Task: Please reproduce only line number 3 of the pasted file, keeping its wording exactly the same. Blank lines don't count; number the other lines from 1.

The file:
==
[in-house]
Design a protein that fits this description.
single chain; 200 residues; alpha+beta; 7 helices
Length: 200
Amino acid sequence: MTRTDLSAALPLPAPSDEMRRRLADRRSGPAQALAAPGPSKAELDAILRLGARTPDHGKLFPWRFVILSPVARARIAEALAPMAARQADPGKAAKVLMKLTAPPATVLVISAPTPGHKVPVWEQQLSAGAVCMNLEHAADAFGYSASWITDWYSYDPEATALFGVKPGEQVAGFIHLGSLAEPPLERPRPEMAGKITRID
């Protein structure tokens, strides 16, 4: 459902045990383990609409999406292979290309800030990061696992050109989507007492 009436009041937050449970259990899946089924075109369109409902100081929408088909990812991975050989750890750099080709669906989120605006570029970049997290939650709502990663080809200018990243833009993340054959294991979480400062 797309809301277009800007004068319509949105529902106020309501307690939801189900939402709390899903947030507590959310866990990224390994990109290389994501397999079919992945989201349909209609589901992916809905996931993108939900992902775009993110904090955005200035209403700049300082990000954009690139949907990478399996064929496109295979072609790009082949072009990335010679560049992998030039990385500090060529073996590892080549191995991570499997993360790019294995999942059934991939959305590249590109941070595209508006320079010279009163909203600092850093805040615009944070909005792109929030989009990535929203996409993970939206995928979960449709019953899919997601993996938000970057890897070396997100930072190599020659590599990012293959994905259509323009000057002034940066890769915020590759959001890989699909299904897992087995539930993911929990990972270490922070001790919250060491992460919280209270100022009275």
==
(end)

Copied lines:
single chain; 200 residues; alpha+beta; 7 helices